Kylie Hansen & Pat Ryan On The Unique Social Enterprise Landscape of Western Australia — Impact Boom | Social Impact Blog & Podcast | Global Changemaker Community | Social Innovation, Enterprise, Design

It sounds like it’s growing quickly over there, and I’m sure bringing WASEC together will help bring that united front and ideally help influence policy and create a strong environment for the business for good movement to grow.

So, impact investment, you’ve spoken a little bit about it today Kylie, but do you see any opportunities over there in WA for better support for impact-led businesses?

Absolutely. I think in supporting the development of social enterprise and impact-led businesses, impact investment has to play a critical role within that.

We like to think of impact investment in terms of sharing power, right? The traditional financial relationship that we ordinarily have are really, the people with the money hold the power, right?

We like to think around impact investment being more collaborative, more sharing of that power rather than it being held by people that have the money. So I think a couple of key initiatives in terms of impact investment, have the opportunity to play a really important role in WA.

One is looking at the concept of blended finance and lay out some of that more patient capital alongside some of the maybe traditional impact investment or traditional finance mechanisms.

I think particularly for start-up impact-led businesses and social enterprises, that’s really important. Increasingly with the COVID environment and looking to recovery, social procurement is something that is a great opportunity, even though that’s not technically impact investment. It’s one of those tools in their toolbox that can really support the development of social enterprise and impact led business.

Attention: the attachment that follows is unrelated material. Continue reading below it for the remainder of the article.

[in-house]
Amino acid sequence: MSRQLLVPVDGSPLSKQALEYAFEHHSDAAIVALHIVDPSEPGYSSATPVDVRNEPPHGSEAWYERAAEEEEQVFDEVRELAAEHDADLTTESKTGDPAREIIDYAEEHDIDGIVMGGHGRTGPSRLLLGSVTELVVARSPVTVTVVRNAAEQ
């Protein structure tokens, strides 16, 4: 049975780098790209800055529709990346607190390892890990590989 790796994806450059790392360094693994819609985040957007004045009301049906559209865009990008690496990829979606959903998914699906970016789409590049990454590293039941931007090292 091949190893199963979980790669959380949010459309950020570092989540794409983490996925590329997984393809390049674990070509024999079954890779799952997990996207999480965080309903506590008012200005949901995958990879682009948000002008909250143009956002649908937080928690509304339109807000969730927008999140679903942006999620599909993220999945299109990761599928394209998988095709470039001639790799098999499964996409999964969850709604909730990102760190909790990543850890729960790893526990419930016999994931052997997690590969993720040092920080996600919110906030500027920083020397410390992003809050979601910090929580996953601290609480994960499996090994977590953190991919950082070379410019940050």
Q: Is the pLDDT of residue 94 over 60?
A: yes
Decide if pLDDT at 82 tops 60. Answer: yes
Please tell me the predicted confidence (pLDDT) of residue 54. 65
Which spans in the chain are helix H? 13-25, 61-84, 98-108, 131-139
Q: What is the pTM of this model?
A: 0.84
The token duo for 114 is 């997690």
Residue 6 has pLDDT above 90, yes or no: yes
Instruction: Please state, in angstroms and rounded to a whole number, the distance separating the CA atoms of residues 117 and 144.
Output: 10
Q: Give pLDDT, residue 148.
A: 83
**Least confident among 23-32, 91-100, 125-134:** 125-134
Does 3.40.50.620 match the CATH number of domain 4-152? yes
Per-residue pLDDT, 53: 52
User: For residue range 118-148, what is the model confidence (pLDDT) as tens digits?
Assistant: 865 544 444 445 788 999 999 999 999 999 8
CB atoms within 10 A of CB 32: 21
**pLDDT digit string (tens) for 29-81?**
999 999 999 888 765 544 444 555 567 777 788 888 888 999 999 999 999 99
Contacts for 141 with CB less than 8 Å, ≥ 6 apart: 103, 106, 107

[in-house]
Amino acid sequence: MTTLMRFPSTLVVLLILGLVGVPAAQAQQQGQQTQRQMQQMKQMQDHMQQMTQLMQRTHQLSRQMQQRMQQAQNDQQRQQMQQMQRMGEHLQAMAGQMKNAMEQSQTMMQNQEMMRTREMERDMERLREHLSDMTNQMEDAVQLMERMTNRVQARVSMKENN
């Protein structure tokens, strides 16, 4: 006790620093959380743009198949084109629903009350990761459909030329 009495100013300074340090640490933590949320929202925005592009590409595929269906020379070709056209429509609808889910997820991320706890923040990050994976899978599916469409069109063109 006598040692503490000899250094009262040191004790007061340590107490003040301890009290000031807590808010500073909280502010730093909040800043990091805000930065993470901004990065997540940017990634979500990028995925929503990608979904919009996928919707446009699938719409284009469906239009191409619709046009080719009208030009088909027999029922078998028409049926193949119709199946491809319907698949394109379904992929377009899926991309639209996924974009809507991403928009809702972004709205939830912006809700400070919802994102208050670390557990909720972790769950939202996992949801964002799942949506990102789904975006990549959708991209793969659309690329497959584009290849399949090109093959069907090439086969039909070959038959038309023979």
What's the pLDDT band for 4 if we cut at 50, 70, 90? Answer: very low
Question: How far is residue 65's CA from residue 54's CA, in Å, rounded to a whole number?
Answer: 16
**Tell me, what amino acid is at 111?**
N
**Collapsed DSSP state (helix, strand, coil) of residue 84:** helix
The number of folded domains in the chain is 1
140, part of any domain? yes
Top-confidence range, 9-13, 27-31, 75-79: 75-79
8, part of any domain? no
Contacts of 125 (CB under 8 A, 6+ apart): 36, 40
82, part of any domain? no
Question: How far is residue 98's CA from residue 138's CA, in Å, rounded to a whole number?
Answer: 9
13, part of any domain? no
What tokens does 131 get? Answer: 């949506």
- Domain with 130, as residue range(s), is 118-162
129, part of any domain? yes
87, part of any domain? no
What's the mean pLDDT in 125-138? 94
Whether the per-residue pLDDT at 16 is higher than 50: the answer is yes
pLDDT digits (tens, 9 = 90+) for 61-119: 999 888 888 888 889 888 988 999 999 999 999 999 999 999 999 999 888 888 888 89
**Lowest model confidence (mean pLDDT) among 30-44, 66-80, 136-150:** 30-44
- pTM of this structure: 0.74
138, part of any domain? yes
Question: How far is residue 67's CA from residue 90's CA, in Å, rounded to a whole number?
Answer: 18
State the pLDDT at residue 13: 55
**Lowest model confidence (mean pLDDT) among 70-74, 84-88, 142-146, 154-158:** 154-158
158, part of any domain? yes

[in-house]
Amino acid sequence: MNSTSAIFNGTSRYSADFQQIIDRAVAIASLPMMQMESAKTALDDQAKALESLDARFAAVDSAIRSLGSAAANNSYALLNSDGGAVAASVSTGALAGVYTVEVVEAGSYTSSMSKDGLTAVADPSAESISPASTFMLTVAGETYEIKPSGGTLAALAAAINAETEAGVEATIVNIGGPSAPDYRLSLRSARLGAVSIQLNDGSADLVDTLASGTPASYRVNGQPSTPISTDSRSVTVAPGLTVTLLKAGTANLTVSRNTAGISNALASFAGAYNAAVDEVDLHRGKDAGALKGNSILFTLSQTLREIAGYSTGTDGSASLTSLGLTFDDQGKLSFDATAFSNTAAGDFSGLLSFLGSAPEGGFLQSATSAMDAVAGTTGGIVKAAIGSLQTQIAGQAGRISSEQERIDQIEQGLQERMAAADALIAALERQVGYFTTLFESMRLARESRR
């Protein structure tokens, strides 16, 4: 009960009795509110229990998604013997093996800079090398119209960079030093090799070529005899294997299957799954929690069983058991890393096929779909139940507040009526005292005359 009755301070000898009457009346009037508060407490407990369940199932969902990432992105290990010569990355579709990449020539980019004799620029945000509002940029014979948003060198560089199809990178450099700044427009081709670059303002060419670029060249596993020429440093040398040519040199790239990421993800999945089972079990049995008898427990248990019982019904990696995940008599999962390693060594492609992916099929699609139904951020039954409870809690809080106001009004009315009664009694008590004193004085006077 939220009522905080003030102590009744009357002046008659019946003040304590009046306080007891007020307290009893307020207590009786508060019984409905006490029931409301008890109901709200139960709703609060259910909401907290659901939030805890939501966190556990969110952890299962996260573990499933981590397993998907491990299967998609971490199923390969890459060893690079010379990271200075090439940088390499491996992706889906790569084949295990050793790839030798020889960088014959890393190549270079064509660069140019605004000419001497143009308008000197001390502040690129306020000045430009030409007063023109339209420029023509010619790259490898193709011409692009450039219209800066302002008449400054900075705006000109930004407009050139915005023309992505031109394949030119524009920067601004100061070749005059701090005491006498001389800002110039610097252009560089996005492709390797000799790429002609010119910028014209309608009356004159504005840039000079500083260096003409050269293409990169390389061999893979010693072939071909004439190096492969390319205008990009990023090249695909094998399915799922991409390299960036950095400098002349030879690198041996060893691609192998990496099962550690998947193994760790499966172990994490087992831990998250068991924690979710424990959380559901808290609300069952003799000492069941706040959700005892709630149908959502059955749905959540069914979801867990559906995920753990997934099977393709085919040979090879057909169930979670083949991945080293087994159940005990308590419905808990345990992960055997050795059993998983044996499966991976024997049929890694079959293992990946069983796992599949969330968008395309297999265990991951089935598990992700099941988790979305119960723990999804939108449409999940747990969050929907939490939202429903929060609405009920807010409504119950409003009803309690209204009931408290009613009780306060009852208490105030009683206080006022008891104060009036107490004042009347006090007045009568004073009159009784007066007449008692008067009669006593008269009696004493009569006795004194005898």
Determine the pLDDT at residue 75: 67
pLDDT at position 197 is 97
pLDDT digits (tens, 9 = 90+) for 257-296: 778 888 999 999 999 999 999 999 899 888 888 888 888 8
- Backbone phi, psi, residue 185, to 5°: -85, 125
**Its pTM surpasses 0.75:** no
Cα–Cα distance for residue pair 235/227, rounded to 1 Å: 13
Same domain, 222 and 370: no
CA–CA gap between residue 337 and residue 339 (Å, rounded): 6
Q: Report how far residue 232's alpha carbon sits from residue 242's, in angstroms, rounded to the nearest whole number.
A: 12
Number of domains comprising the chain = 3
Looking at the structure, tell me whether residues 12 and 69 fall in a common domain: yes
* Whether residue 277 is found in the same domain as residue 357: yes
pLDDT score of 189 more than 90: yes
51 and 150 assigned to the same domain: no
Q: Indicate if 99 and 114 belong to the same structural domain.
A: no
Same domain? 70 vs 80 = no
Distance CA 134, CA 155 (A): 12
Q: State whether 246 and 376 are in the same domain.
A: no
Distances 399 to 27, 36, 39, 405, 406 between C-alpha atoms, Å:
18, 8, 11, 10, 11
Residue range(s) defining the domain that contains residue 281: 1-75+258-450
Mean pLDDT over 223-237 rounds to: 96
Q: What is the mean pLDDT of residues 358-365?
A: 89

Great points. I think both of you obviously have a pretty good feel for this social enterprise movement within Australia. So Pat, did you want to add where you may see any sort of strong opportunities to build on the current momentum of these different state-based networks and momentum that we’re seeing in Australia right now?

That’s a good question. I hope that WA can catch up very rapidly to what’s already been happening in Victoria, New South Wales and Queensland for a decade now, but I’m not sure.

I think that WA’s a unique state in some ways, and that there is an opportunity for us to build something as a network, and as individual enterprises build something that’s fit for purpose for why our state operates.

In particular, in the really remote regional areas, I’m excited about supporting growth and development in social enterprise in regional Western Australia. Look, I’m not sure. I think the thing that I’m focused on right now is building and catching up to the state of affairs that’s in Victoria and New South Wales.

But then beyond that, I think in a couple of years we can start thinking about what’s unique about Western Australia that we can harness and cultivate to get the best outcome for the state.

Kylie, you might want to add to that, but I was thinking as well, there’s no doubt [that there are] a whole heap of really inspiring projects and initiatives that you’ve both come across. So Kylie, did you want to take a lead on that?